Theresa May has warned of “more division and uncertainty” if MPs reject her Brexit divorce deal approved by EU leaders in Brussels.
The prime minister vowed to campaign for the agreement with “all her heart” ahead of next month’s showdown at Westminster, where she faces stiff opposition from all sides.
Mrs May also echoed the warning of EU chiefs that it was “the only possible deal”, rebuffing MPs seeking to change the divorce settlement hammered out in Brussels.
Again appealing directly to the British public to rally behind the agreement, she said people were tired of disagreements over Brexit and wanted to move forward.
Confirming she would put it to a Commons vote before Christmas, Mrs May said: “It will be one of the most significant votes that parliament has held for many years.
“On it will depend whether we move forward together into a brighter future or open the door to yet more division and uncertainty.
“I will take this deal back to the House of Commons, confident we have achieved the best deal available and full of optimism about the future of our country.
“In parliament and beyond it, I will make the case for this deal with all my heart and I look forward to that campaign.”
She added: “This is a deal that’s the result of what has been tough and difficult negotiations over a significant period of time and as has been said this is the deal that’s on the table, this is the best possible deal, it’s the only possible deal.”
However, she is facing a tough task in securing the backing of MPs, with more than 80 of her own backbenchers publicly stating they will join other political parties in opposing the deal.
Foreign Secretary Jeremy Hunt has admitted that the parliamentary arithmetic was “looking challenging”, but argued that “a lot can change over the next two weeks”.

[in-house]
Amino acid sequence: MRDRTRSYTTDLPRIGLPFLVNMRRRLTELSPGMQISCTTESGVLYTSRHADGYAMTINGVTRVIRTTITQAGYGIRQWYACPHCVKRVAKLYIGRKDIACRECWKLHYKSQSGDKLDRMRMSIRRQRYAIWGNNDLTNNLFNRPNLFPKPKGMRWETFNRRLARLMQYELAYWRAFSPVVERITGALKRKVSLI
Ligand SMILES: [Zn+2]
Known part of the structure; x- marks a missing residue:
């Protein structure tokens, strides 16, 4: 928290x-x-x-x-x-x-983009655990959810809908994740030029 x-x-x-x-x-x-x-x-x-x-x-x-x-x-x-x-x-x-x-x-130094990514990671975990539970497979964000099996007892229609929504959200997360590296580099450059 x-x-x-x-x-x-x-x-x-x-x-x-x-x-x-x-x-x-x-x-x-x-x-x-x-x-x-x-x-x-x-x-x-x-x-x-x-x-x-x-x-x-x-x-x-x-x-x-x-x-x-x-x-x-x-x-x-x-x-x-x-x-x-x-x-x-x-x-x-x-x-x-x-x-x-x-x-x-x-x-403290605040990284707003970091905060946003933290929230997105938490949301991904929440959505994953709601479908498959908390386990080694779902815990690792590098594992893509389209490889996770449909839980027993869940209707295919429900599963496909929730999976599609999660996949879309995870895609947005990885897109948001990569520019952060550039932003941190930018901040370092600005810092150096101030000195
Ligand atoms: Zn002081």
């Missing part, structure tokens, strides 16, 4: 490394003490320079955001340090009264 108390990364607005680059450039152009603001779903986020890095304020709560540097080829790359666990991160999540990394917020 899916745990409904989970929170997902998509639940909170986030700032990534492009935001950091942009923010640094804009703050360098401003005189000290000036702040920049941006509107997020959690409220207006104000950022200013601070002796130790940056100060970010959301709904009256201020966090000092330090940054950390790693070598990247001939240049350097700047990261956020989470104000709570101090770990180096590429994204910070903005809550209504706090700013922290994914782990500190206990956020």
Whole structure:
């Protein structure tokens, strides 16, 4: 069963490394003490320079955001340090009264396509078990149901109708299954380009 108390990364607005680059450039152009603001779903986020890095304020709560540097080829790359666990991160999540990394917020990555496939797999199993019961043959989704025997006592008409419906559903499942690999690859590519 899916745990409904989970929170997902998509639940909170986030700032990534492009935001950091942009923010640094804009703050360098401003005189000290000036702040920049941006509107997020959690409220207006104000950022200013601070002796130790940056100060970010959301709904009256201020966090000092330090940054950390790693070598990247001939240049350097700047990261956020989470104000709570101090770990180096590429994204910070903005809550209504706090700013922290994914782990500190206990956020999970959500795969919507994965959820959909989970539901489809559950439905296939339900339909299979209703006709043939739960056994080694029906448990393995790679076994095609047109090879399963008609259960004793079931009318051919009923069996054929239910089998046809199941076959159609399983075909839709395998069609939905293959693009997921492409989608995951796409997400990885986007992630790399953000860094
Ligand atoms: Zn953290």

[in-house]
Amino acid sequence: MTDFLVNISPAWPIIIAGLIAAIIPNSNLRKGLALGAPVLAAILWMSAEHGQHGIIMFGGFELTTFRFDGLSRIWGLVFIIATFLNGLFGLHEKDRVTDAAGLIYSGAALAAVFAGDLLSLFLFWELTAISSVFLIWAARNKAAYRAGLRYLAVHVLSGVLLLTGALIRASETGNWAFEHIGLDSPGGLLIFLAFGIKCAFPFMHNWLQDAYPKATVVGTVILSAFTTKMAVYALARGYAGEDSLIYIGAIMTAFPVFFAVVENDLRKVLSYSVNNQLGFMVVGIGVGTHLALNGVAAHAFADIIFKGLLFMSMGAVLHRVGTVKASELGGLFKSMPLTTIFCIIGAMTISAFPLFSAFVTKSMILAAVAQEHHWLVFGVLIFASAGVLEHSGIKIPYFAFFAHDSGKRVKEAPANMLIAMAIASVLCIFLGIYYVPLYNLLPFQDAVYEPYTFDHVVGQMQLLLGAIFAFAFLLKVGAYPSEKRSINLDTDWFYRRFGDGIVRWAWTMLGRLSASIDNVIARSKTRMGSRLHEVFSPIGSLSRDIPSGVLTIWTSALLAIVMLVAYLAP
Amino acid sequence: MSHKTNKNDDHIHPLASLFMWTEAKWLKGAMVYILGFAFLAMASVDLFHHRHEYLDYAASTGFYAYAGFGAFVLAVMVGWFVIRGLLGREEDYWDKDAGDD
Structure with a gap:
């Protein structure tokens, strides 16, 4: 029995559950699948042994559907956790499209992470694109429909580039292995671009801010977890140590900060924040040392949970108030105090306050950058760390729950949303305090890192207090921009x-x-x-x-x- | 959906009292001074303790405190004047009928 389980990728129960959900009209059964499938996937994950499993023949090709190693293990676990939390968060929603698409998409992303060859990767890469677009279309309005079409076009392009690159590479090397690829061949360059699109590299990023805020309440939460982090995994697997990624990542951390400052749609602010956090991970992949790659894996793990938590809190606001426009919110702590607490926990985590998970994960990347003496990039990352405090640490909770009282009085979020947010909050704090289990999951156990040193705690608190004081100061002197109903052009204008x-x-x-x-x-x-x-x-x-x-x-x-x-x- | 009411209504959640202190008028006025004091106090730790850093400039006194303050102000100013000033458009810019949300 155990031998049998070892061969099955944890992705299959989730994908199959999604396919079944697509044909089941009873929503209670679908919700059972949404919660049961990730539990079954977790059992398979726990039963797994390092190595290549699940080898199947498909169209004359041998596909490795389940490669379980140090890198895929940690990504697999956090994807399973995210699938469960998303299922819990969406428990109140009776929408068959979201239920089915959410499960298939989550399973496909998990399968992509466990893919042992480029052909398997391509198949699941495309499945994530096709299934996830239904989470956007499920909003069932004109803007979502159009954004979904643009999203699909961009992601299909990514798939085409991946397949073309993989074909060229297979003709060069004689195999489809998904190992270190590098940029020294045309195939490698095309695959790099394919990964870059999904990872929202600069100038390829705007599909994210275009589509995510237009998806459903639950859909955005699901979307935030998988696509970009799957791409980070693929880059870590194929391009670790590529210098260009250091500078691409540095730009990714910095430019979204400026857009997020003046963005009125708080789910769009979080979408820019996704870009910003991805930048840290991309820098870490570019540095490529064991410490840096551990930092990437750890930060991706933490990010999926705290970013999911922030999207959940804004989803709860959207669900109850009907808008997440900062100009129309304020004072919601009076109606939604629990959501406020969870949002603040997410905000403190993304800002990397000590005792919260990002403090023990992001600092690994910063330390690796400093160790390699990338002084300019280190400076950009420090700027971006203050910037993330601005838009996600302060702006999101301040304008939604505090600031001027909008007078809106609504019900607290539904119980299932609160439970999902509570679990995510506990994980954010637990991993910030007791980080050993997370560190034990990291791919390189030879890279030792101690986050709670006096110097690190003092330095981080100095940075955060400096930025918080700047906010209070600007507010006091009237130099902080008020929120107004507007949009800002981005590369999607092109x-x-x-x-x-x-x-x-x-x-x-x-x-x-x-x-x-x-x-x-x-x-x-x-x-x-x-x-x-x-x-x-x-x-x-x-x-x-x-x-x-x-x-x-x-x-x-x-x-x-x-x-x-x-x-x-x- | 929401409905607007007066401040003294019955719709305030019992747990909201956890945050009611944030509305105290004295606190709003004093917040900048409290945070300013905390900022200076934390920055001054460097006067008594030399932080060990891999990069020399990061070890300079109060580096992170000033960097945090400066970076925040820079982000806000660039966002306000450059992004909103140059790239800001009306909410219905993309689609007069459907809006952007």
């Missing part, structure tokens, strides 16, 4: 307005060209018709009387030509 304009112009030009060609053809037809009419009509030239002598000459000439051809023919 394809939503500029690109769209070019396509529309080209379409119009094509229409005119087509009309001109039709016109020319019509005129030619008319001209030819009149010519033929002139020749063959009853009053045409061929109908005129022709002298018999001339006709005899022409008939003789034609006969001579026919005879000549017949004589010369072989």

Former Conservative Party leader and prominent Brexiteer Iain Duncan Smith said he “certainly won’t” support the PM’s deal, arguing “far too much has been given to the EU”.
He told Sky News’ Sophy Ridge on Sunday: “I don’t believe that, so far, this deal delivers on what the British people really voted for, take back control of your borders, your laws, your money. I think it has ceded too much control.”
As well as the withdrawal agreement, the EU leaders also approved a political declaration on the future relationship between the UK and the EU post-Brexit.
But Labour MP Lisa Nandy, who represents Wigan – which voted Leave – said the document “offers no guide as to what the future holds for the UK”.
She told Sophy Ridge On Sunday: “It’s just too big a gamble for MPs like me to take with our constituents’ futures.”
Asked if she would be supporting the deal, she said: “Well I’d hoped that it would be, but in all honesty no… it’s inconceivable now that when this comes before parliament in just a few days time that I’ll be voting for it.”
Speaking on the same programme, Communities Secretary James Brokenshire argued that MPs should back the deal or risk taking the UK “back to square one with more uncertainty, more division”.
Labour leader Jeremy Corbyn has confirmed Labour will vote against the agreement, branding it a “bad deal” for Britain.
He said: “It is the result of a miserable failure of negotiation that leaves us with the worst of all worlds.”
Democratic Unionist Party leader Arlene Foster said there were no circumstances under which her party would vote for the deal as it stood.
She also warned her party would “review” the arrangement which has seen it prop up the minority Tory government if the Brexit deal was backed by parliament.
Appearing on The Andrew Marr Show, Ms Foster said: “I believe we should use the time now to look for a third way, a different way, a better way.”
However, European Commission President Jean-Claude Juncker has warned that there could be no return to the negotiating table if the deal was rejected.
He said: “This is the deal. It’s the best deal possible and the EU will not change its fundamental position when it comes to these issues.
“Those who think by rejecting the deal that they would have a better deal will be disappointed in the first seconds after the rejection of this deal.”